While I can understand the desire to postpone or delay divorce until you are in a better place mentally, the reality is that in Texas, you cannot avoid getting divorced by telling the court that you are insane or suffer from a mental illness. Prior court cases in Texas have determined that insanity does not prevent a person from standing for a divorce. Furthermore, there are options in place for another person to step into the divorce case for you and represent you if you are unable to do so.

For instance, if you or your spouse are committed to a mental institution and cannot act as the party to a divorce, a Texas court will appoint an attorney ad litem to represent you or your spouse during the divorce case. That attorney ad litem will be able to make decisions for whichever one of you is mentally ill and will be charged with the duty of upholding your rights and defending your interests just as you would if the mental illness was not a part of your life.

Is a history of battling depression enough to cost you parenting time in a divorce?

The one point I would like to make before we get into the subject is that you need to be completely honest with your attorney about any prior mental health treatment you have received. There is a certain stigma associated with receiving mental health treatment that I think is unfortunate. I understand the sensitive nature of this topic and, of course, understand you do not necessarily want to divulge a great deal of information to an attorney that you probably don't know all that well.

However, it would help if you fought against the instinct to keep these sensitive subjects private in a divorce. The fact is that your spouse is likely planning to utilize this information as a part of their case. As a result, you do not want your attorney to be caught flatfooted when accusations of depression or an inability to care for your children come up during the case. You should share this information with them from the beginning of your case and discuss any treatment, counseling, or even our impatient care you have received in the past.

We have already talked about how a court may appoint an amicus attorney or an attorney ad litem to conduct interviews with you and make determinations about your suitability as a parent. Being upfront and honest with this person, as well as with the court, can go a long way towards helping you retain as much in the way of rights when it comes to your children as possible. Being honest with the court shows that you are honest with yourself, accepting your condition, and willing to take steps to better yourself. By all means, do not stop receiving treatment during your divorce if only to appear more mentally competent.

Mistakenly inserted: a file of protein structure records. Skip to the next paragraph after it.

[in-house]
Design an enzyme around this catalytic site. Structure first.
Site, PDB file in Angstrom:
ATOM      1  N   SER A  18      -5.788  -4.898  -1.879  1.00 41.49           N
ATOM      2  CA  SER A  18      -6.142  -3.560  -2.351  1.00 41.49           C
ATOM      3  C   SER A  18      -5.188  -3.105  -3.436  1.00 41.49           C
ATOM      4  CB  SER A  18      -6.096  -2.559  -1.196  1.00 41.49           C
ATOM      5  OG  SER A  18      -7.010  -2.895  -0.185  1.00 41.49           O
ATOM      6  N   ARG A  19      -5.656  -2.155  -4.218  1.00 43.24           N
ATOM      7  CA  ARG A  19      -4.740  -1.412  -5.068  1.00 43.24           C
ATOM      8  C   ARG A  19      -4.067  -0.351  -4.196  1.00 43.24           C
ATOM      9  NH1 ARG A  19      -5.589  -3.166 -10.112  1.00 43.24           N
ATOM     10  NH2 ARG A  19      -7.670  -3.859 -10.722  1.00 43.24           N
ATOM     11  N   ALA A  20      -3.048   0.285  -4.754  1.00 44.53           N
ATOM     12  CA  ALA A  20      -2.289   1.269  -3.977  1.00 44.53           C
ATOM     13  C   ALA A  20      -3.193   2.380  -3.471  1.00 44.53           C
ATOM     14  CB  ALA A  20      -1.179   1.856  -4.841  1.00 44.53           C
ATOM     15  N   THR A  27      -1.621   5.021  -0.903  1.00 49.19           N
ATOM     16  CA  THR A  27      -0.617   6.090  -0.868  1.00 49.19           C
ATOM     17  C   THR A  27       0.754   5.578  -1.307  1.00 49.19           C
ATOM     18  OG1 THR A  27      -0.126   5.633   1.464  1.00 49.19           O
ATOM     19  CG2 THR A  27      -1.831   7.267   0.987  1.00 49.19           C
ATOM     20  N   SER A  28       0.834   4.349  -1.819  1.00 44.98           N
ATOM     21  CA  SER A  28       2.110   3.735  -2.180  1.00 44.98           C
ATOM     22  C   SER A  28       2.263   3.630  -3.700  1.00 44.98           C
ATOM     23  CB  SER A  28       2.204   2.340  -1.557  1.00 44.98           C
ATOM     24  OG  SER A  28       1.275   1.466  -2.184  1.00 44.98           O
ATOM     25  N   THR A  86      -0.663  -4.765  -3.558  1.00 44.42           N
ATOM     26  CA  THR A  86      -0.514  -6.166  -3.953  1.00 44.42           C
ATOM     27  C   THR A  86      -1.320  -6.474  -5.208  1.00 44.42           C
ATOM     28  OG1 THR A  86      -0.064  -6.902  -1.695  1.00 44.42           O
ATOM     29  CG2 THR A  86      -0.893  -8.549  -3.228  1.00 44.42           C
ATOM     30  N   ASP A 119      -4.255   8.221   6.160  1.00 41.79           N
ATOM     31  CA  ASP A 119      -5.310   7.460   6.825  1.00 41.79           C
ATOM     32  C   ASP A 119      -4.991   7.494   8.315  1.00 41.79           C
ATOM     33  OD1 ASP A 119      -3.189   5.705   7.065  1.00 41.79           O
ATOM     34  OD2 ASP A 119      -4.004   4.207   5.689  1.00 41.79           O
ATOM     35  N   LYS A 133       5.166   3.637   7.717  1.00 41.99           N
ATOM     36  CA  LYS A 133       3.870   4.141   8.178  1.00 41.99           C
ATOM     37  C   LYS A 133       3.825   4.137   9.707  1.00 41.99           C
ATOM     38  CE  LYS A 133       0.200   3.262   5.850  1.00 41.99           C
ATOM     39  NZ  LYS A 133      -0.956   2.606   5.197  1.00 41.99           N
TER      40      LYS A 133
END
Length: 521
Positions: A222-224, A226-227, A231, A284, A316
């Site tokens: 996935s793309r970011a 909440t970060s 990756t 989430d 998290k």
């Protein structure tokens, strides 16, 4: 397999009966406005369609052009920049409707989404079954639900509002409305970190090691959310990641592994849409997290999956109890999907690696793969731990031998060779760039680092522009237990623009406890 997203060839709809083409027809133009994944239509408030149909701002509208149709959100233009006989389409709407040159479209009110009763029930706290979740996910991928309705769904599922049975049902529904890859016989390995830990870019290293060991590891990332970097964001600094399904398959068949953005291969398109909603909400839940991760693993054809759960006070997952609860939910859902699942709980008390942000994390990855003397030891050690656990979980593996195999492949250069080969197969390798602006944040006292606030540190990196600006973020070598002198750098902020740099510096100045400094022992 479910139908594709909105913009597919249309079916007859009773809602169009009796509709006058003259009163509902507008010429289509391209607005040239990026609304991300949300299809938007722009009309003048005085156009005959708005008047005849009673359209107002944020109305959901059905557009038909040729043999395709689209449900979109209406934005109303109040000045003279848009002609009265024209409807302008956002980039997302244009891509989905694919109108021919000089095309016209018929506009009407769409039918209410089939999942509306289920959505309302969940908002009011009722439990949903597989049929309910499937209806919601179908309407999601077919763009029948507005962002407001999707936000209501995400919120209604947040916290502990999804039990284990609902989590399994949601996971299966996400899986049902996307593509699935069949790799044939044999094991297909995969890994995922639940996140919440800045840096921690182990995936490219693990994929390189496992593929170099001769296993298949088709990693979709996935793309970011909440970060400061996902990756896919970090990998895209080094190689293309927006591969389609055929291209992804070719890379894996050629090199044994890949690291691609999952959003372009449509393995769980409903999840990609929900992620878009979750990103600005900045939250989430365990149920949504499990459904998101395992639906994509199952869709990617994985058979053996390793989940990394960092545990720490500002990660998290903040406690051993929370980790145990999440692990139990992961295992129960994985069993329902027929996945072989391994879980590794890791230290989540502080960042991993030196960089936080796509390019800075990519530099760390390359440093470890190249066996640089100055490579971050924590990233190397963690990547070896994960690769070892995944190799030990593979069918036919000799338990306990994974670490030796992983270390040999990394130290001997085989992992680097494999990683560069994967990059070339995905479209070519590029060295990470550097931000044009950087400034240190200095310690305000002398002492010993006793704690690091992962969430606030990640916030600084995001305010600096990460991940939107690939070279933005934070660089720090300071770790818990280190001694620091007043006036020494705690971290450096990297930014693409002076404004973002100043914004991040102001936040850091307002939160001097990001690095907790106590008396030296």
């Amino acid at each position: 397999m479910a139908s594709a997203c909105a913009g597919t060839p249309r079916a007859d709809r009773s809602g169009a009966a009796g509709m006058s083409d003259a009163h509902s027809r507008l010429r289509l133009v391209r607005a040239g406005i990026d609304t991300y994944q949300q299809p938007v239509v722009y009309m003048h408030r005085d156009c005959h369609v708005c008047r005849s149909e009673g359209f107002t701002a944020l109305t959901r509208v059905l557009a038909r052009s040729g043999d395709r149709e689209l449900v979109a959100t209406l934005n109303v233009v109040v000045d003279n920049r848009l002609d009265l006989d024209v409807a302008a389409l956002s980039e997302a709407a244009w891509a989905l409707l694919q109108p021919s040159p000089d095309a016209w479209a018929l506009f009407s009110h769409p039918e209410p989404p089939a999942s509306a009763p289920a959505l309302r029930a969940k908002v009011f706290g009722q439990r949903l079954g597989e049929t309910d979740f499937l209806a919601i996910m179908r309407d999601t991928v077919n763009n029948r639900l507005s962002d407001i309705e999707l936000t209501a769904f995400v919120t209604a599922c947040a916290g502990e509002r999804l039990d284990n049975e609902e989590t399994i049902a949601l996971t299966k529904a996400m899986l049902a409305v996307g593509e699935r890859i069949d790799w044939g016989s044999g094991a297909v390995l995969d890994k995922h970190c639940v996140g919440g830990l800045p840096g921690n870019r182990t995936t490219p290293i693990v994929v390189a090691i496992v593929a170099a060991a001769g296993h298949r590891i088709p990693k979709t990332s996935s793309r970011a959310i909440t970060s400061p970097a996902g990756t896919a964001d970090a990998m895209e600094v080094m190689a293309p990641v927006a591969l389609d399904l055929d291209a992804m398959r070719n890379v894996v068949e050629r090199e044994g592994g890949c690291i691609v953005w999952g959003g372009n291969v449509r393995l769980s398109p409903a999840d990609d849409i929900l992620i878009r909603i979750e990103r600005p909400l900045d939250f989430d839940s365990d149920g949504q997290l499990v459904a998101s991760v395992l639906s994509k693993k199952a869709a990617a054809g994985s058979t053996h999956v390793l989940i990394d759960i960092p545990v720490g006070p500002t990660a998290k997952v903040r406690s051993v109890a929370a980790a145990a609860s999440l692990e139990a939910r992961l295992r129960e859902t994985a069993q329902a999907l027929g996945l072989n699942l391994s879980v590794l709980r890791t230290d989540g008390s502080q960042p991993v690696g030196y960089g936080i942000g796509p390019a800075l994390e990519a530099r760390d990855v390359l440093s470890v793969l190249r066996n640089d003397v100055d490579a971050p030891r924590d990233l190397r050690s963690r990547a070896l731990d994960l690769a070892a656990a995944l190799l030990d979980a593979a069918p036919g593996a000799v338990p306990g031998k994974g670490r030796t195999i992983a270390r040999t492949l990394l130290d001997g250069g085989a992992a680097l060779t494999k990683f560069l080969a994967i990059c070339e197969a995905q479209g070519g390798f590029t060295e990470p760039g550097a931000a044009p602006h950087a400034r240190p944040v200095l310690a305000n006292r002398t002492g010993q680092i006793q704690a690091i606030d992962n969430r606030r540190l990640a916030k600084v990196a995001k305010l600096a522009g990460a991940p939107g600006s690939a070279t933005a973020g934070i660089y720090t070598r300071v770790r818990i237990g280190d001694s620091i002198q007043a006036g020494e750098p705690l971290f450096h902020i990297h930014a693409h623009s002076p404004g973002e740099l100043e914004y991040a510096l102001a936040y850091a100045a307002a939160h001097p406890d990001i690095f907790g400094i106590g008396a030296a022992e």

How to handle matters related to mental health after divorce?

If you have any concerns about your spouse and their history of mental health issues, you should do your best to stay vigilant and aware of the circumstances involving that parent and your children. This is true even after the divorce has come to a close. If you become aware of any incidents involving your ex-spouse and their mental health that impact your children, you should write down these observations and specify the dates and times of each. Any behavior that you would determine to be unusual or problems with communication should be noted.

While you may not be able to utilize information in your divorce, you can utilize it in the future if a modification becomes necessary. Many times circumstances change regarding mental health, either for better or worse, thus necessitating a modification to be filed. If you believe that your possession schedule or conservatorship rights that are shared with your ex-spouse need to be modified, then you should make an appointment to speak with one of our licensed family law attorneys as soon as possible. This is especially true if you believe your child's safety to be at risk.

Finally, bear in mind that your ex-spouse may need time for themselves to better their mental health. It is incumbent upon you to keep tabs on your children's well-being both when they are with you and when they are with your ex-spouse. This can be somewhat of a burden, aren't you, to the extent that most people do not have to be worried about the mental health of their ex-spouse. However, if you bear in mind that doing so is for the betterment of your children, I think this is a burden that you would take on without thinking twice.